Paint Valley Lady Bearcats take a break from a busy June schedule to host basketball camp – Chillicothe Gazette - Techy Hunters

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Saturday, June 26, 2021

Paint Valley Lady Bearcats take a break from a busy June schedule to host basketball camp – Chillicothe Gazette

BAINBRIDGE – In a month full of traveling, scrimmages, and competition, the Paint Valley girls’ basketball team still made time to give back to the next generation of lady hoopers.

Starting on June 24, the Lady Bearcats hosted a two-day camp where they welcomed girls from the third to the eighth grade to come and work with the team.

What made the event even more important for the group was that it had been several years since they last hosted one.

Bearcats head coach Tristan Norman used to run the camp when she was the junior varsity coach, but since moving up to the varsity ranks five years ago, the camp had been placed on the back burner.

“With my move from junior varsity to varsity, I felt like I had to put all of my focus into that,” Norman said. “However, we decided that with the success that we have had that it was time to get the little ones back in the gym, especially because most of them missed out on their seasons because of COVID.”

Joined by her assistant coach, Shayne Combs, and a majority of her varsity team, the program helps young girls learn defensive fundamentals, ball handling, and other techniques to help them be successful on the court.

Lady Bearcats junior, Averi McFadden participated in the camp when she was younger and said that being a part of it now has been a rewarding experience.

“Just getting everyone involved in the program so young makes it a lot easier for them when they get older,” McFadden said. “When I was younger, I enjoyed being a part of the camp and learning from the older girls. Now being on the other side and being a coach is exciting because I got to see their growth over the past couple of days.

The conclusion of camp served as a culmination of what has been a busy time for the Lady Bearcats.

In fact, the night before camp began, the team had participated in a scrimmage.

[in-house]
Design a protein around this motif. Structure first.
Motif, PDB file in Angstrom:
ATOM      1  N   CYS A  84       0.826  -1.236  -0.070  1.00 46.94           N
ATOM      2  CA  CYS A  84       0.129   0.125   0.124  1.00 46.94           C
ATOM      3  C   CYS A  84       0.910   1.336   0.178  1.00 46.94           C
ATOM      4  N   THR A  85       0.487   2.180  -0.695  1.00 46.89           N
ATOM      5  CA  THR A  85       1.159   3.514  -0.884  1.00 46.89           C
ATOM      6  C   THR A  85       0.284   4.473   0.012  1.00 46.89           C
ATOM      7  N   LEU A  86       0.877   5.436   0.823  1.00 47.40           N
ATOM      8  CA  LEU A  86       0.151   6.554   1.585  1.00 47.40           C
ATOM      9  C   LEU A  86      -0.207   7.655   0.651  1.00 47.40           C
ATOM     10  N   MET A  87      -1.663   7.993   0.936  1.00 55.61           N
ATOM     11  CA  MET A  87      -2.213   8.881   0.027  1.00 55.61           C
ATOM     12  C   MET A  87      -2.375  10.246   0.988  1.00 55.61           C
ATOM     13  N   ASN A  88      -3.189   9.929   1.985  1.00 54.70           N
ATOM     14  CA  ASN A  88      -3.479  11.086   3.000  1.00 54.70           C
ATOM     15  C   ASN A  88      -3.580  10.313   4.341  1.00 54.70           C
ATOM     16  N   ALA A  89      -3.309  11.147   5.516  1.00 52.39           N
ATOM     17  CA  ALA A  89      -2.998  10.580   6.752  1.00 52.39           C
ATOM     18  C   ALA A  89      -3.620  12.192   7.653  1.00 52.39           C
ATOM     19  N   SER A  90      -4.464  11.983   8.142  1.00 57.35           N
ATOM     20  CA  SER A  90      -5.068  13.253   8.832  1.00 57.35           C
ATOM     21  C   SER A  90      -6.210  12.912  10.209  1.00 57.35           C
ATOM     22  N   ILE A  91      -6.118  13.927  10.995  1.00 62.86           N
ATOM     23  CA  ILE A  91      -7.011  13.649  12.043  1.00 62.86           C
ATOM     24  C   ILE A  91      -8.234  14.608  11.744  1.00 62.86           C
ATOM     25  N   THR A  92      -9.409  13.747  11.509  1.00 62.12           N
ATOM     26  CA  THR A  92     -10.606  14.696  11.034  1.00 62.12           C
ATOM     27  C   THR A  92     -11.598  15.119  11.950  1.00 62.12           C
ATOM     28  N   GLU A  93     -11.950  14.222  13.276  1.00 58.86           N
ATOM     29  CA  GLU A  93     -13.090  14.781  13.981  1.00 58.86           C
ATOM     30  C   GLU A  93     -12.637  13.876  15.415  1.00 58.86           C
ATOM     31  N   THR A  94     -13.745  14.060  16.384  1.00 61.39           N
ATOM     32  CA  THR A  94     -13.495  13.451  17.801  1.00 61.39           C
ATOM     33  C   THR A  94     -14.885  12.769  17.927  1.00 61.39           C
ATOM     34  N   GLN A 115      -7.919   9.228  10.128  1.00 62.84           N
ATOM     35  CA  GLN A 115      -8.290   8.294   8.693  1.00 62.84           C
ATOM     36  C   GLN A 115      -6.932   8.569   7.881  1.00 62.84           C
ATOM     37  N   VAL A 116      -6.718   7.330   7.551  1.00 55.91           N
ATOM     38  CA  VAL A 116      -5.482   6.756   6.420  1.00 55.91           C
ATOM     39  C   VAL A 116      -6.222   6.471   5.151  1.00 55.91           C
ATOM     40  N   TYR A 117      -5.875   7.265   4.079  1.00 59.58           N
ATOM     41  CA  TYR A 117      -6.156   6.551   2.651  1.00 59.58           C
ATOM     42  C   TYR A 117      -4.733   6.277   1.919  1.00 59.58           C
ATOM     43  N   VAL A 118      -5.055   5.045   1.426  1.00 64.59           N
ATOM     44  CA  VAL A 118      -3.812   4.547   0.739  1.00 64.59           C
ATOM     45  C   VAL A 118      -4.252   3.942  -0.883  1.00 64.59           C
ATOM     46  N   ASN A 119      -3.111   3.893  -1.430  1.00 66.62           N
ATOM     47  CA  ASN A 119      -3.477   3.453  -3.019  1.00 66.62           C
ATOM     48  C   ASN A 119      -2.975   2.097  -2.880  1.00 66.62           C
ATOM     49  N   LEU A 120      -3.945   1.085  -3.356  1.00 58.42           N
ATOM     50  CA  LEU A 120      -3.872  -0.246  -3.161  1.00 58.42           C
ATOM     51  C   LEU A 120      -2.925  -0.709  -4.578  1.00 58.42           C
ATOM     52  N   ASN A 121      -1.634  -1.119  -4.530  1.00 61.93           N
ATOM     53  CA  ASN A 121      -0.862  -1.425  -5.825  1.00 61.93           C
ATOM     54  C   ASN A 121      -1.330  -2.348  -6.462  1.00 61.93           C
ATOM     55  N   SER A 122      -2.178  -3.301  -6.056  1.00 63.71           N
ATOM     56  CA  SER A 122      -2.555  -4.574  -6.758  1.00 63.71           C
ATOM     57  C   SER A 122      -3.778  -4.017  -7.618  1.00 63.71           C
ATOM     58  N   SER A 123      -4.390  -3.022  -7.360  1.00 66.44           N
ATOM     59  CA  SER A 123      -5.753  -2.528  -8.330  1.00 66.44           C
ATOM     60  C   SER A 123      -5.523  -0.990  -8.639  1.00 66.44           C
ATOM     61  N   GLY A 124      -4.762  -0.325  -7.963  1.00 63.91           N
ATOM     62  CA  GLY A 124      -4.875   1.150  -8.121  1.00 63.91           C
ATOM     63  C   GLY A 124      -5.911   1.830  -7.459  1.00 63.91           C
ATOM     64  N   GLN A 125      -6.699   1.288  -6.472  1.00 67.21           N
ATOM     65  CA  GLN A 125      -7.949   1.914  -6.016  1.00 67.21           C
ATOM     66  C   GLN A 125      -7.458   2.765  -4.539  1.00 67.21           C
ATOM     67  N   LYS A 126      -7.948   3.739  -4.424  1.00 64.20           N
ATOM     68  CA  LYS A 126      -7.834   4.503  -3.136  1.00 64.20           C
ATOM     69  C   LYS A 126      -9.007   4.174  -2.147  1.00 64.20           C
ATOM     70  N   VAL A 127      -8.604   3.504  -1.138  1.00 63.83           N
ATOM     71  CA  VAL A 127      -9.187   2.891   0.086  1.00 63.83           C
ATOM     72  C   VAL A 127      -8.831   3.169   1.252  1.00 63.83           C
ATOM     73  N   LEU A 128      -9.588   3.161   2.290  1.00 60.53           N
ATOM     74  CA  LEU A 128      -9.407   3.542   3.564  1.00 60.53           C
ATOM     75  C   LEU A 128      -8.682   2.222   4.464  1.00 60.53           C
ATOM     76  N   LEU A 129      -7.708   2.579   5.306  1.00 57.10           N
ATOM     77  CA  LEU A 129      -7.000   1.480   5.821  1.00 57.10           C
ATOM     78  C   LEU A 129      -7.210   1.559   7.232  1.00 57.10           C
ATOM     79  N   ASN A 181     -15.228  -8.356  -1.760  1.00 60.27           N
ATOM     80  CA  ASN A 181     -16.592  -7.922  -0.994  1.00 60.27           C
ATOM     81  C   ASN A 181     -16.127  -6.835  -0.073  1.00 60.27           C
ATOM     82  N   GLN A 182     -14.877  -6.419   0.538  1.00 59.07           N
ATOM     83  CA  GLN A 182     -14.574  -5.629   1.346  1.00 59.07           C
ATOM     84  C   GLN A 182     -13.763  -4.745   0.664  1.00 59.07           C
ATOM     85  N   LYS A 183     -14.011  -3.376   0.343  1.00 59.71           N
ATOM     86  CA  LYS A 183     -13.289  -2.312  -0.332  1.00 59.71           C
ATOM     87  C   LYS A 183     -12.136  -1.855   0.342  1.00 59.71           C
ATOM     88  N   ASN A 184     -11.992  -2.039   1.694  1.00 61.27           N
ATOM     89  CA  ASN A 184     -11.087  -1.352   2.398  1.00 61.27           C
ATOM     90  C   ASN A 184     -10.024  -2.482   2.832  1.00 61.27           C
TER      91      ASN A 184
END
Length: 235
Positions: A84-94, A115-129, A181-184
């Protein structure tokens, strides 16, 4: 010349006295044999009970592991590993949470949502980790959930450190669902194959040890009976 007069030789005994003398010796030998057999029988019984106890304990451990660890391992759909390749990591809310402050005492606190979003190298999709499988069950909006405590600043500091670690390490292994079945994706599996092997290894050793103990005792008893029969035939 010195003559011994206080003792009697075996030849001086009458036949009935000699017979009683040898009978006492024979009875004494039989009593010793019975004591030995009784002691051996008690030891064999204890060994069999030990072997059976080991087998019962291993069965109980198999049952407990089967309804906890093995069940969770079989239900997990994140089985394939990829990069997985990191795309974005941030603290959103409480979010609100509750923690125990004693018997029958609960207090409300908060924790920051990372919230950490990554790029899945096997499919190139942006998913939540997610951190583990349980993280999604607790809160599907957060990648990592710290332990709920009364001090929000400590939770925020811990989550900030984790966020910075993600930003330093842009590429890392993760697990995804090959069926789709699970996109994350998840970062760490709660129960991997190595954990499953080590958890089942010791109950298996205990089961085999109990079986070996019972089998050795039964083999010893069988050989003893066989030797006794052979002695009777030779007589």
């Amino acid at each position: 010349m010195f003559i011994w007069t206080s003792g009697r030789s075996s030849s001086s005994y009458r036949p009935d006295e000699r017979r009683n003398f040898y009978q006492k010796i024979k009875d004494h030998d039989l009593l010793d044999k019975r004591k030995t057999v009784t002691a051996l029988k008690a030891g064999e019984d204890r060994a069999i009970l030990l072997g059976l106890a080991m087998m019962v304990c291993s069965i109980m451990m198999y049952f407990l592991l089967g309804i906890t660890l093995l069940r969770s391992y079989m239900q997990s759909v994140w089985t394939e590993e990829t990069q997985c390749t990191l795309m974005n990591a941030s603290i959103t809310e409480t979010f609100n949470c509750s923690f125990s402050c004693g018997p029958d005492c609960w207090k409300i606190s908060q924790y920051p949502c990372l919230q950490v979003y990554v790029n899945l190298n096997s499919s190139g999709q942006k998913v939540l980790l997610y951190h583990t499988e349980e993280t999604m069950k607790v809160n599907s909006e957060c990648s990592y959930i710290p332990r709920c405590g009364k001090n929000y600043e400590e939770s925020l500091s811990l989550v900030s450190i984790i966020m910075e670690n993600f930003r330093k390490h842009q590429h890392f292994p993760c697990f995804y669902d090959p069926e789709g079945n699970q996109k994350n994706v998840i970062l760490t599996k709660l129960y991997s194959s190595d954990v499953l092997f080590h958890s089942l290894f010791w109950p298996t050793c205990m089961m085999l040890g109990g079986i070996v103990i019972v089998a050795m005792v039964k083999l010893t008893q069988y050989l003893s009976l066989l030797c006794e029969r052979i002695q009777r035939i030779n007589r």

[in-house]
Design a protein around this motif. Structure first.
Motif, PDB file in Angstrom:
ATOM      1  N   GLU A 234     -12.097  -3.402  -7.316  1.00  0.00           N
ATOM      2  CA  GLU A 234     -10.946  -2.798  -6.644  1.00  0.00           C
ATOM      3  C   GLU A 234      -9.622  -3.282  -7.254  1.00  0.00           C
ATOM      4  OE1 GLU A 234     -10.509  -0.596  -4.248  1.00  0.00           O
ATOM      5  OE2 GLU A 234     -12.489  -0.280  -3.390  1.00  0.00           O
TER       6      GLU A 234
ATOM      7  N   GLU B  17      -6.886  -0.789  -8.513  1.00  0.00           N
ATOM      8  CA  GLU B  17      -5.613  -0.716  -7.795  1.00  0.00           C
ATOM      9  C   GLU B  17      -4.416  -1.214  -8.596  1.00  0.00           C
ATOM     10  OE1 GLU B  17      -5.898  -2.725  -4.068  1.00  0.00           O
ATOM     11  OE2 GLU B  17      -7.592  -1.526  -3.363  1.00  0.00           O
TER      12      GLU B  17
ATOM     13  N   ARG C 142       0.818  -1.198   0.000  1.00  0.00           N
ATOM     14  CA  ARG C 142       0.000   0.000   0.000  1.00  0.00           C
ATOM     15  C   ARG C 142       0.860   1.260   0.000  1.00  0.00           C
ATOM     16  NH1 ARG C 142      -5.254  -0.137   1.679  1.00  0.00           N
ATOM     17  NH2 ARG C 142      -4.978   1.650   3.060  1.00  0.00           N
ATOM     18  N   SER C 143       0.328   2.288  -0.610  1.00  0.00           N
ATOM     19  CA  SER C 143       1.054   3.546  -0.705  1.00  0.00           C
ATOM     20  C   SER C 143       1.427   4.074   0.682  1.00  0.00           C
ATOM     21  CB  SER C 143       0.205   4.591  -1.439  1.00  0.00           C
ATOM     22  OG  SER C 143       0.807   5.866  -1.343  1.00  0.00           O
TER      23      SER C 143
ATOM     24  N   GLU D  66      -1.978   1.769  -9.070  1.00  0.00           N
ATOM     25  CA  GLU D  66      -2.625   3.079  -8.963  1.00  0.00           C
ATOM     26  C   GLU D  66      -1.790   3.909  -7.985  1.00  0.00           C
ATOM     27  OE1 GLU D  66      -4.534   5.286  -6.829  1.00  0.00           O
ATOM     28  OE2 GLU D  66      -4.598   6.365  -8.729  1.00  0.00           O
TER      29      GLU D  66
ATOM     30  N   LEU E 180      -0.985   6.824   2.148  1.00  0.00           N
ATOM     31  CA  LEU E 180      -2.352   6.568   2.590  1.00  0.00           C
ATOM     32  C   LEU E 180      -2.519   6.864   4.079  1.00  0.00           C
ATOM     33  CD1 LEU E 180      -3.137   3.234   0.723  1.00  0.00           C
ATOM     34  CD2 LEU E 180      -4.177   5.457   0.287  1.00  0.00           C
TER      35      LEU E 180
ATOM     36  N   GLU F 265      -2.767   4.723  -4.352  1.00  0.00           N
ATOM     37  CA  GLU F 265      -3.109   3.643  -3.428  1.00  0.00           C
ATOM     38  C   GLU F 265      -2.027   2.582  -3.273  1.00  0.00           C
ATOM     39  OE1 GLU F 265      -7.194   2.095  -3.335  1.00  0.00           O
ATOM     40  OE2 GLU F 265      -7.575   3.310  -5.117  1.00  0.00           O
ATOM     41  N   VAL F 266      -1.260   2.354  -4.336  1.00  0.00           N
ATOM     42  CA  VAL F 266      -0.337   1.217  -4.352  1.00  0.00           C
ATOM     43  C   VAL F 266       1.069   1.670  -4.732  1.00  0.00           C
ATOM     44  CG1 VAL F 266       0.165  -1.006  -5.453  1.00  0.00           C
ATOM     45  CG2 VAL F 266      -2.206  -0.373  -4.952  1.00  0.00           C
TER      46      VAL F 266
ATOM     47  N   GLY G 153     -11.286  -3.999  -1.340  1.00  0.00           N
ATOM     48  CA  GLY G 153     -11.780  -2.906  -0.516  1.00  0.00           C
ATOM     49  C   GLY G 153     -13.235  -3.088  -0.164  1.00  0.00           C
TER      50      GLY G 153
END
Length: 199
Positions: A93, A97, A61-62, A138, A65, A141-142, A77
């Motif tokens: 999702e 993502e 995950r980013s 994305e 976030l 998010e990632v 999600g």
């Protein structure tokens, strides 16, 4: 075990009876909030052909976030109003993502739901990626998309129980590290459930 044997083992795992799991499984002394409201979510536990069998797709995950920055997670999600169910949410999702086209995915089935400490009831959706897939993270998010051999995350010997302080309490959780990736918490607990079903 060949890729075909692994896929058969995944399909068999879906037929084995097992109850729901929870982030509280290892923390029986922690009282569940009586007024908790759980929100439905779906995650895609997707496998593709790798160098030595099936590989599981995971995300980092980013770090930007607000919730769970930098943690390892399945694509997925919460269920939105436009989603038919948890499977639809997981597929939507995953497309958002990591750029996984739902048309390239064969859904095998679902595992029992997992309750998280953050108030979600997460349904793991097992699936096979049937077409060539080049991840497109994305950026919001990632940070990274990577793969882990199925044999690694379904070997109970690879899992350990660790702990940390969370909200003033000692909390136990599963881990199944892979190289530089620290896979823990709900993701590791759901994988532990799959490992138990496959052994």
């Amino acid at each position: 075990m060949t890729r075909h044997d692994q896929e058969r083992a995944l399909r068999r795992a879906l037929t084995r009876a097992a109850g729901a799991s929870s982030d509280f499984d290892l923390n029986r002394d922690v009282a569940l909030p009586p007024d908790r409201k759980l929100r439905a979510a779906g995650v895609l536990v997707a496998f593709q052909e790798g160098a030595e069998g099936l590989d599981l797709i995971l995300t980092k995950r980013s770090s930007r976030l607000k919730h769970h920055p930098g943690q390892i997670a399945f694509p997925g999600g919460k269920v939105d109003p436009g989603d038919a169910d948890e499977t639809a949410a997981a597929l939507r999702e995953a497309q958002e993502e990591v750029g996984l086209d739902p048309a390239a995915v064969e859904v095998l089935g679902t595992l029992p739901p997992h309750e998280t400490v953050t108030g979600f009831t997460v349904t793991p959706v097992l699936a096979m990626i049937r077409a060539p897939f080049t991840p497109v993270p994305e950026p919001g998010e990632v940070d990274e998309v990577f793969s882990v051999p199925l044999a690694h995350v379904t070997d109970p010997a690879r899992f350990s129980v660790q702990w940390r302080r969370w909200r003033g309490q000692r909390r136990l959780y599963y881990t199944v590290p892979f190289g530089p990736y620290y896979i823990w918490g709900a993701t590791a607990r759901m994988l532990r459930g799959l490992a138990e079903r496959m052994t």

Still, both players and coaches had no issues spending their morning training kids, rather than take time to rest.

“The little ones are the future,” Norman said. “For me, it’s about coming here creating a program and a history that people want to be a part of. So, with the kids here, they will be continuing the legacy that the high schoolers now have started.”

One of the biggest emphases’ of the camp is defense, which is Comb’s specialty. 

Much of his time speaking with the participants about defensive strategies and the importance of having the “willingness” to work hard and take on new challenges.

“With any coach in any sport you are trying to teach the players life skills,” Combs said. “So, the question, “Are you willing to?” is a bit of self-motivation that hopefully will apply to being better at anything that they do in life.”

The girls bounced around the different stations that involved ball handling, rebounding, and layup drills that were led by current Bearcats.

They also played in multiple different scrimmages to test out what they had learned.

When asked what her favorite part of camp had been, McFadden said that she enjoyed the chance to be competitive, especially against so much talent.

“I love all of the competitions,” McFadden said. “Paint Valley has always been a very competitive school and as a competitive person myself, I know what it’s like to want to compete.”

Following the end of Friday’s camp, awards were given out to different participants, a move that Norman said was important because it is a sign that hard work pays off.

“Recognition reminds kids that hard work pays off,” Norman said. “I think that it can also serve as something that the other kids can begin to work towards. The prizes show that there is something at the end that makes all the hard work worth it when it’s all said and done.”

Overall, the event seemed to be one that was enjoyed by all and something that Norman said that she hopes to make a Paint Valley tradition.

“It’s really important to make those connections with the kids,” Norman said. “Whether they are younger, in middle school, or high school, it’s all about relationships and I think that we accomplished that over the last two days.”



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